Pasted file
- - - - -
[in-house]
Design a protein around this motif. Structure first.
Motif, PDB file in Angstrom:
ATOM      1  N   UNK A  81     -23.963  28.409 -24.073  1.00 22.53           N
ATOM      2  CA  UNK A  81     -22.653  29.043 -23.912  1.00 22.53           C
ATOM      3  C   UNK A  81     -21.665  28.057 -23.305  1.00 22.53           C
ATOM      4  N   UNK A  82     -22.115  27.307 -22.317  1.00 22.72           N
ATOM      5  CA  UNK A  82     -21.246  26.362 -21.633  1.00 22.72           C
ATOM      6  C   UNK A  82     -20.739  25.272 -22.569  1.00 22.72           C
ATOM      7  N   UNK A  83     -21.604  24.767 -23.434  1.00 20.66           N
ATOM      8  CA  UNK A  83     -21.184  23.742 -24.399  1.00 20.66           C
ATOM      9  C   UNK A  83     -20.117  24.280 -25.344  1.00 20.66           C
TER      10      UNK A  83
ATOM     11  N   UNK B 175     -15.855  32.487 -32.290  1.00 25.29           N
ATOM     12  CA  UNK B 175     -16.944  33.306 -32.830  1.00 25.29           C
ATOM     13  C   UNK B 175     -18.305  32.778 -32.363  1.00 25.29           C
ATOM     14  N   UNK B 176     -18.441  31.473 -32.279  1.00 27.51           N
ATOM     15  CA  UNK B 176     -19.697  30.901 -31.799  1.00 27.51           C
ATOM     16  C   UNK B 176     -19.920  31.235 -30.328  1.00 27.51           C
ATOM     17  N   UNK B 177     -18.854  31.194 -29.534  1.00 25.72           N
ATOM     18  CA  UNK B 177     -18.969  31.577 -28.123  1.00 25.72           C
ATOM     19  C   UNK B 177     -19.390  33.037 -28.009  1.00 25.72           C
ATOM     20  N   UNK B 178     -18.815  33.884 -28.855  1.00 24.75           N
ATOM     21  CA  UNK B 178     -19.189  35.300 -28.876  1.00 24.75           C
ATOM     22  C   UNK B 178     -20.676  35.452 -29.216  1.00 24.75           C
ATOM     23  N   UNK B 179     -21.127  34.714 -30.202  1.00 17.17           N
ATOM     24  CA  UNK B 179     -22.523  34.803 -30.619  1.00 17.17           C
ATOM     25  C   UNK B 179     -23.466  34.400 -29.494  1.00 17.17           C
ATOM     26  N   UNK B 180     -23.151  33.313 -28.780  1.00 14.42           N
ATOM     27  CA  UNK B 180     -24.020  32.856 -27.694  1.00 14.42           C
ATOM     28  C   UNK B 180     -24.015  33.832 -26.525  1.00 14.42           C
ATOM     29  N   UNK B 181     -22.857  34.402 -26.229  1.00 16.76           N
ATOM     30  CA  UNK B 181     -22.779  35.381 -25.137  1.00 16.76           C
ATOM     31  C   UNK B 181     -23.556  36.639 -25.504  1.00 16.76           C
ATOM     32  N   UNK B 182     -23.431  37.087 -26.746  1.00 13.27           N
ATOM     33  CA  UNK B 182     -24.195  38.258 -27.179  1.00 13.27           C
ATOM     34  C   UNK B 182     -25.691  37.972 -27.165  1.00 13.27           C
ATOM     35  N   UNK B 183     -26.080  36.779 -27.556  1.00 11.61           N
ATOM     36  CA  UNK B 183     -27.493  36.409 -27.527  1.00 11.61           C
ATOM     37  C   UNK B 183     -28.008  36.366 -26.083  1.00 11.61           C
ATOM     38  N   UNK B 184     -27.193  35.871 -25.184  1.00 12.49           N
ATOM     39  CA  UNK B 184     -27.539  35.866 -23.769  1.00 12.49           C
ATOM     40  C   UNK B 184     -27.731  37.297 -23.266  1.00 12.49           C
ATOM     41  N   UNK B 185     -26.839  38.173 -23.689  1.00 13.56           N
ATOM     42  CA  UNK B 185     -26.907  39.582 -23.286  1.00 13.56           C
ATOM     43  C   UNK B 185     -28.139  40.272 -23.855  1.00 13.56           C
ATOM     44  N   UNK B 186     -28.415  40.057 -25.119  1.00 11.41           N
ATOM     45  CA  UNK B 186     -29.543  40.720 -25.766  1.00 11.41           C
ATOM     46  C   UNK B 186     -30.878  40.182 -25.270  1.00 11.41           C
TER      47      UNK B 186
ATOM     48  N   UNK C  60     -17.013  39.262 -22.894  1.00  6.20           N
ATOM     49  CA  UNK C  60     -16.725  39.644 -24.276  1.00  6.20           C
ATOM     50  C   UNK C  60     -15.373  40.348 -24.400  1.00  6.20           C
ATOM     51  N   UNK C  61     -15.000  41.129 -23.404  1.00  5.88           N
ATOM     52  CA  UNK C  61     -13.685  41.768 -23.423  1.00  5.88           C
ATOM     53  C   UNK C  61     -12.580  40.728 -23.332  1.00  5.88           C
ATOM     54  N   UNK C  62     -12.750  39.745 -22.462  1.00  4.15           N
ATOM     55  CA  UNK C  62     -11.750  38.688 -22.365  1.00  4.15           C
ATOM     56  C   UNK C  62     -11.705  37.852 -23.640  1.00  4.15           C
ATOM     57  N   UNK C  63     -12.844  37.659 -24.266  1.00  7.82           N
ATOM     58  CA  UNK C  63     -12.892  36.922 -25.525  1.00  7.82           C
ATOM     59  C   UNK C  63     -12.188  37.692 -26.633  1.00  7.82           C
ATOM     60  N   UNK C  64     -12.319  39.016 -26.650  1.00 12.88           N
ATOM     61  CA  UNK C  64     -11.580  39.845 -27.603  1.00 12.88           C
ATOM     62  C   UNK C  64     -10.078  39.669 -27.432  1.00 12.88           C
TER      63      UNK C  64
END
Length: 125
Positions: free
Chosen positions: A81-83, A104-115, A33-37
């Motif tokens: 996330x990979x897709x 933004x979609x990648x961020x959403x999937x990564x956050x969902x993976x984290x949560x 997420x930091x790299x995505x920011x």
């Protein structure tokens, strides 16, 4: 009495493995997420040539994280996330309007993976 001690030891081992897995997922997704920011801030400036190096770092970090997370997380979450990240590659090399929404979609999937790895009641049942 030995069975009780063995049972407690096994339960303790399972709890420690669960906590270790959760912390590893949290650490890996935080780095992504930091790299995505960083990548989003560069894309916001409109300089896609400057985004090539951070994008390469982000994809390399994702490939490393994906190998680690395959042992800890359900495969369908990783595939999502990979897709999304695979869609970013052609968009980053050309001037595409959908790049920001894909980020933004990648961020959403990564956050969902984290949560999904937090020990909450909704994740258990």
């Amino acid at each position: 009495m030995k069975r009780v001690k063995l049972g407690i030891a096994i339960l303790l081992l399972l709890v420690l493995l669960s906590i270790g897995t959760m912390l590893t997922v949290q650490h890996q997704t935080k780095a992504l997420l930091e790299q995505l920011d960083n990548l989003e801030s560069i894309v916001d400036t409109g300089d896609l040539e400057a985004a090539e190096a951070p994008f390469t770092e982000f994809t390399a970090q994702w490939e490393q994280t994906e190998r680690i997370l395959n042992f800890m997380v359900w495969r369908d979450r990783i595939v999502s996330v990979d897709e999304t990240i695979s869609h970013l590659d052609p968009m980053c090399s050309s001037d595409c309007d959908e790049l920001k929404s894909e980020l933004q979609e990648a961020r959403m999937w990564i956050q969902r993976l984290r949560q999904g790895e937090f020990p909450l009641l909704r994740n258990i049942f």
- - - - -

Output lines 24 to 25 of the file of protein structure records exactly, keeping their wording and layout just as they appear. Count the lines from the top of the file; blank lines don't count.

ATOM     21  CA  UNK B 178     -19.189  35.300 -28.876  1.00 24.75           C
ATOM     22  C   UNK B 178     -20.676  35.452 -29.216  1.00 24.75           C